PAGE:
Producers: Braxton Pope, Lauren Mann and David Wulf Director: Paul Schrader Screenplay: Paul Schrader Cast: Oscar Isaac, Tiffany Haddish, Tye Sheridan, Willem Dafoe, Alexander Babara, Bobby C. King, Kat Baker and Bryan Truong Distributor: Focus Features
The protagonist of Paul Schrader’s “The Card Counter,” a professional blackjack and poker player who calls himself William Tell (Oscar Isaac), is a creature of very peculiar habits. With a smoothed-back haircut and an intense gaze that makes him look like a solemn George Clooney, he always favors the same outfit—dark slacks, shirt and tie, with sport coat—and covers every item of furniture in his motel rooms with tied-down white linen before bedding down, keeping the surfaces free of unsightly taint—or personality.
There’s an obsessive precision to the fastidious man that mirrors the meticulous, almost sterile technique of the writer-director of this strange, slow-burning, quietly unsettling character study/thriller that blends surrealistic touches into what on the surface seems a flatly ordinary style (the cinematography is by Alexander Dynan). The result upends genre expectations in a chilling fashion that will antagonize many viewers while brilliantly expressing Schrader’s dark vision of the constant potential for violence in human affairs and the painful route to redemption after it’s been unleashed.
Tell opens the film with narration, explaining how he learned the craft of card counting while serving a stint in a military prison; he further explains that he appreciated the orderliness and predictability that incarceration provided. Now he travels the gambling circuit, making sure to limit his winnings so as not to attract the attention of the casino owners who do not act kindly toward those who use his skills, as he explains to La Linda (Tiffany Haddish). She invites him to join the stable of gamblers she runs, staking them with funds from investors who will then share the profits. He refuses, preferring to retain his independence.
During a stop at a hotel hosting a conference of security experts, he encounters two people who change his plans. One is Major John Gordo (Willem Dafoe), who is delivering a talk on facial recognition software. The other is a young man named Cirk (Tye Sheridan), who asks Tell to talk with him privately. He suggests that they join forces to take revenge on Gordo, who as a consultant to the U.S. military in Iraq was responsible for bringing the horrendous “enhanced interrogation” techniques to the prison at Abu Ghraib that, when they were revealed in 2004, caused a major scandal and legal proceedings against those deemed responsible.
Tell, we learn, was one of the soldiers convicted and imprisoned for his role in the torture, and Cirk’s father, a colleague of his, was ruined and committed suicide. The higher-ups, including Gordo, naturally escaped unscathed and have prospered ever since.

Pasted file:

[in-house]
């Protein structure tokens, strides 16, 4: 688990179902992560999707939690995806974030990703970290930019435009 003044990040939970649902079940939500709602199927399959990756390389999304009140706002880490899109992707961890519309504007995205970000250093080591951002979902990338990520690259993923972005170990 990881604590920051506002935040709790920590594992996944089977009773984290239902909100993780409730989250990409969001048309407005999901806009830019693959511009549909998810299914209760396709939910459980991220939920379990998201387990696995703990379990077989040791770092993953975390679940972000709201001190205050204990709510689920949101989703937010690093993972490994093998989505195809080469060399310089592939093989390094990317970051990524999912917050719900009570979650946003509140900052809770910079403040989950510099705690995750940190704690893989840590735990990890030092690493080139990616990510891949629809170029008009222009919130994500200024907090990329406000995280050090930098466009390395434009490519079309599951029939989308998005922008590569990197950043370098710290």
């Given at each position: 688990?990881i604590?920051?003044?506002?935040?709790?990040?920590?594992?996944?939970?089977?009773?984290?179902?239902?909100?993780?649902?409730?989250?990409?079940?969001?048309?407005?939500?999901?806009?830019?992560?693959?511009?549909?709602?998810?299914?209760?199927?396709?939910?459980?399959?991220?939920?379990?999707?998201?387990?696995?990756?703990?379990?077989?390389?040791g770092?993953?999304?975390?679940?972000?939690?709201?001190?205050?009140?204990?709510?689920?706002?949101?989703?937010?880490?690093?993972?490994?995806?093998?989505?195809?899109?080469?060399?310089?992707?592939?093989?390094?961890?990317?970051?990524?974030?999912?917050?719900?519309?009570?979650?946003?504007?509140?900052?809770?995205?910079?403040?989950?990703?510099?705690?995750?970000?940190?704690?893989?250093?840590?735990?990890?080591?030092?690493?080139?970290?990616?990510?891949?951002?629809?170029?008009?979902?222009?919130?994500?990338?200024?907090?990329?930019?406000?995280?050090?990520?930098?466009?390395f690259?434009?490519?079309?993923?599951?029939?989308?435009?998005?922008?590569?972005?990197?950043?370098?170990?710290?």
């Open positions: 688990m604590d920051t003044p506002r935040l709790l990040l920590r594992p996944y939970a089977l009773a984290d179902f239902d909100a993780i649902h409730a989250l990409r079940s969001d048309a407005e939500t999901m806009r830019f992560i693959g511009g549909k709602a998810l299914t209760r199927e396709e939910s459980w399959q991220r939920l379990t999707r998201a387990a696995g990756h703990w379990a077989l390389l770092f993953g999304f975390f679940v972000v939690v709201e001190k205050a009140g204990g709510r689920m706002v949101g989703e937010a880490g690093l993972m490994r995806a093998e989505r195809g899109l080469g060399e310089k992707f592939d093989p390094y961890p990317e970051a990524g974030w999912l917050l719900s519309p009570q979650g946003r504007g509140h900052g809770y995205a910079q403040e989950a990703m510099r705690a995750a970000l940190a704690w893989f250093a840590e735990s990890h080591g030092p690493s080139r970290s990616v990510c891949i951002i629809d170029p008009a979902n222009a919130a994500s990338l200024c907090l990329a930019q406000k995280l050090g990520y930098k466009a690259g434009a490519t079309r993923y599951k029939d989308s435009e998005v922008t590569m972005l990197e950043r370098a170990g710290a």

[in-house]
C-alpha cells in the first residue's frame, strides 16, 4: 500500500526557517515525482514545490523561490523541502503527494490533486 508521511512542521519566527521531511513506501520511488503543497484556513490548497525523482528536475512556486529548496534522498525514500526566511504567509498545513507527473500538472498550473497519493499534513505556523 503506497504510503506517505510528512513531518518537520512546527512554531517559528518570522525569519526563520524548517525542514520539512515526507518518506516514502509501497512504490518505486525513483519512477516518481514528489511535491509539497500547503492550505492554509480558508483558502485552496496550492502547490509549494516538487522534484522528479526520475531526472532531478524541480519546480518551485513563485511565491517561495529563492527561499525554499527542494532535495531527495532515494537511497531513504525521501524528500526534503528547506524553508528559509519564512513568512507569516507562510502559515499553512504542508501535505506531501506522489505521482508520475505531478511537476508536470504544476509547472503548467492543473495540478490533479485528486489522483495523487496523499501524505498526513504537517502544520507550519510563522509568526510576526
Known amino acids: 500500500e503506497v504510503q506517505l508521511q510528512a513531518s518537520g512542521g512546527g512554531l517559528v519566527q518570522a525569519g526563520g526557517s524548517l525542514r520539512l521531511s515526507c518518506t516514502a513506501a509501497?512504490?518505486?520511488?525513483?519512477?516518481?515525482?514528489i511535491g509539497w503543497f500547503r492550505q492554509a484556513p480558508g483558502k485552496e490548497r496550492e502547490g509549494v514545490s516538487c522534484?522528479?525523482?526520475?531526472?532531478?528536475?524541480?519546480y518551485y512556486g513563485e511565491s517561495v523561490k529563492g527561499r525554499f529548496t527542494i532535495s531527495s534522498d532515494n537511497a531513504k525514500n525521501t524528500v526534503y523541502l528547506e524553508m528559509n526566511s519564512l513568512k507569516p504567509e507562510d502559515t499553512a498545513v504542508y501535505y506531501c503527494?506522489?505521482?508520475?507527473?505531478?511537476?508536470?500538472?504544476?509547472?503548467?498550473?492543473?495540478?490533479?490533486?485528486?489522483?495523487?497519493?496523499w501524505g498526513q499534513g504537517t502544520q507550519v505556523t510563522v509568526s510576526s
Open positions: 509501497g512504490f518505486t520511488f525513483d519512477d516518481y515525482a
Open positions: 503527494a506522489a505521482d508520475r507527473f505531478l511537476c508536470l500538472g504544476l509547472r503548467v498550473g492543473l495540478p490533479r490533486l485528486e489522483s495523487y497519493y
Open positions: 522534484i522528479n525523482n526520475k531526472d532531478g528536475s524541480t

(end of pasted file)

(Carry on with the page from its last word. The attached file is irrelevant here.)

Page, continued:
The flashbacks to Abu Ghraib shock not only because of the brutality they unflinchingly depict, but by reason of their visual style. Schrader and Dynan present the scenes in a distorted form reminiscent of images in fun-house mirrors, and add to the sense of dislocation with long tracking shots that take us from one hideous moment to another. The effect is particularly jarring given the sedate, impassive tone they and editor Benjamin Rodriguez, Jr., as well as the lean score by Robert Levon Been and Giancarlo Vulcano, maintain elsewhere.
The meeting with Cirk impels Tell to change his plans. He accepts La Linda’s offer and invites Cirk to join him on his travels from casino to casino, where he becomes one of the poker players taking aim at the reigning champion, a preening guy dressed in red, white and blue who calls himself Mr. America (Alexander Babara) and is accompanied by an entourage who cheer his every triumph. While retaining his preternatural composure, Tell explains that his goal is to accumulate a substantial bankroll.
The question is what the cash might be used for. Schrader nudges us with the idea that it’s intended to pay for the revenge scenario Cirk has proposed, but as the young man becomes antsier about the delay, Tell’s real motive is revealed, and as is usual in Schrader’s work, it involves a doomed attempt at redemption. A sudden twist destroys the apparent equilibrium and violence follows, but unlike in the Abu Ghraib sequences, it’s presented in muted, indirect form.
The visual side of “The Card Counter”—including Ashley Fenton’s production design and Lisa Madonna’s costumes—is impeccably crafted, and the cast fits ably into Schrader’s conception. Isaac is the linchpin, maintaining Tell’s studied impassivity while allowing the turbulence beneath the surface to emerge under distress. Dafoe, in what amounts to a cameo, provides his customary cunning, and Sheridan conveys a naïve young man’s impatience, while Haddish, setting aside the raucous comic shenanigans she’s famous for, makes an affably sultry prospective romantic interest for Tell.
“The Card Counter” is, ostensibly at least, more concerned with explaining the rules of gambling than most other pictures of its kind, but that turns out to be an example of Schrader’s sleight of hand. He doesn’t bother with showing us what hand wins over another, and at the end even leaves the culminating match up in the air. It’s the emotional connections among the characters that constitute the real game being played here, and where it leads proves both unexpected and weirdly inevitable.